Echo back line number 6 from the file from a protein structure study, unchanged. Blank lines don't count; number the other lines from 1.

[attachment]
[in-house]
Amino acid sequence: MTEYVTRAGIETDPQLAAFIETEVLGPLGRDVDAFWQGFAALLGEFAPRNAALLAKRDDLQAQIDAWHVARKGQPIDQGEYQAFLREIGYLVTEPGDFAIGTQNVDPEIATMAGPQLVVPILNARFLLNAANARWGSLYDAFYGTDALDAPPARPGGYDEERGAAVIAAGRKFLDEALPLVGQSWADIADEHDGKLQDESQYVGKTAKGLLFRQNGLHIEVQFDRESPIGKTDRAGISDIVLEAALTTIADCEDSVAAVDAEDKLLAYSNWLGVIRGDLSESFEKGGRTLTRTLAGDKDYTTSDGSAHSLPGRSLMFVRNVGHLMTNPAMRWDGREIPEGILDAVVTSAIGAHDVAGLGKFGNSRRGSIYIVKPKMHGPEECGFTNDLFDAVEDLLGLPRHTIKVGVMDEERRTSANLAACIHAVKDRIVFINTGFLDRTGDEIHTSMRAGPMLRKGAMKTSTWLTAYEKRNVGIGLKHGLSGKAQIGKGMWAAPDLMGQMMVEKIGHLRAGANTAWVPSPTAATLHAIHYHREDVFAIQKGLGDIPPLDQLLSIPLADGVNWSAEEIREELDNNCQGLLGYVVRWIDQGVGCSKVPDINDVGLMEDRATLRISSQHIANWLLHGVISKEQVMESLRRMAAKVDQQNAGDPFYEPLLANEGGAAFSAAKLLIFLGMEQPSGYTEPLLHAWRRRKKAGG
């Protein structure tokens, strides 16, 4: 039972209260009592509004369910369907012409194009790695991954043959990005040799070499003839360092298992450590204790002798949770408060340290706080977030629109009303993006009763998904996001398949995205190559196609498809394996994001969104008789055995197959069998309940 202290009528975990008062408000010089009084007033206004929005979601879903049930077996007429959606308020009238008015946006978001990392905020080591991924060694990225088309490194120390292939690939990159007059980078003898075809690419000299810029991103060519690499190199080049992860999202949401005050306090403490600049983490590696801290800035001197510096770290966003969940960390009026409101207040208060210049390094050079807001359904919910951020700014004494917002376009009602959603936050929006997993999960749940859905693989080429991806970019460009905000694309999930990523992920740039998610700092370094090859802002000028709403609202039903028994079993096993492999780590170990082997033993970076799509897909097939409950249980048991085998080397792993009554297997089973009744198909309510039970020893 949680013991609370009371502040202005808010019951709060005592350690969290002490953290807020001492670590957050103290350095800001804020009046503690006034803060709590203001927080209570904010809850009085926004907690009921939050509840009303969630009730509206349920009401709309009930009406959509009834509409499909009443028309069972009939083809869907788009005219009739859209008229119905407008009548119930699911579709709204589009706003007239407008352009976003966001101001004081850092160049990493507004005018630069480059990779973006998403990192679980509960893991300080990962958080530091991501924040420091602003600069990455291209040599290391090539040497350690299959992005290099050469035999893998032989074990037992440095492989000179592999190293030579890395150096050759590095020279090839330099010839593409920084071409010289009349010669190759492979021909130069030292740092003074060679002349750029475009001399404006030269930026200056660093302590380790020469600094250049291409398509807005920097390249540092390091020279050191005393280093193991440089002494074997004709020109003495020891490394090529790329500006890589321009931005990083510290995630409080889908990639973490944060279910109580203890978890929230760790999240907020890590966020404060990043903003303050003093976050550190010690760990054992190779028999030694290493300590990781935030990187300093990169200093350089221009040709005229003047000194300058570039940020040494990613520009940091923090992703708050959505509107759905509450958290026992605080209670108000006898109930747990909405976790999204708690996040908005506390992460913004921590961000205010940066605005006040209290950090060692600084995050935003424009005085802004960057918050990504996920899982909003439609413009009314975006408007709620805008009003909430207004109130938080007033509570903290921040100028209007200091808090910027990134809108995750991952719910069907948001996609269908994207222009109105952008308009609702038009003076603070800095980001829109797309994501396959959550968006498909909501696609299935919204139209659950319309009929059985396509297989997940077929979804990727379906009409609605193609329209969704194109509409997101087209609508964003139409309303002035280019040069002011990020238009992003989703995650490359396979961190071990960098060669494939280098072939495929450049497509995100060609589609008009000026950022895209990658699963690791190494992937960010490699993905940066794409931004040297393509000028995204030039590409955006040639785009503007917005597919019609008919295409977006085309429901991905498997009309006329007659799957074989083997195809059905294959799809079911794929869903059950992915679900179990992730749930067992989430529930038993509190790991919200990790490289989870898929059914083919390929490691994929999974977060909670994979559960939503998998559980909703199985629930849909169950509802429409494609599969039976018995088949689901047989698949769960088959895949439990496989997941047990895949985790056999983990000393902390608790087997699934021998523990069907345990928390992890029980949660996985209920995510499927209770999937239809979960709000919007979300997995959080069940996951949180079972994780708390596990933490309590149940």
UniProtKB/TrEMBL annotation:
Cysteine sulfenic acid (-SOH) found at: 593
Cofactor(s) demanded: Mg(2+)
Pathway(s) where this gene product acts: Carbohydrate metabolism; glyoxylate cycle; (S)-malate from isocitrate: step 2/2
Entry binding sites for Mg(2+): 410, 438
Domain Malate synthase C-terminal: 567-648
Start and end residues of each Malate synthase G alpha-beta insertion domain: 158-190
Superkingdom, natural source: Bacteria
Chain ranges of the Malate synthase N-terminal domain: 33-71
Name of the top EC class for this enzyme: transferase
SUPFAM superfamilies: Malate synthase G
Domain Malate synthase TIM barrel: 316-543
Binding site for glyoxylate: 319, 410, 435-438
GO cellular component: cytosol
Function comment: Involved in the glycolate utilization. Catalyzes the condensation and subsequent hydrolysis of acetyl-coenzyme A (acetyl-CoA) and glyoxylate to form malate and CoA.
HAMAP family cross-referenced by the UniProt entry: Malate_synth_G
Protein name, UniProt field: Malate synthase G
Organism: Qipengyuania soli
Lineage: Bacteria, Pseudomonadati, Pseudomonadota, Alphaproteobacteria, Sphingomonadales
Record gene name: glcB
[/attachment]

Cofactor(s) demanded: Mg(2+)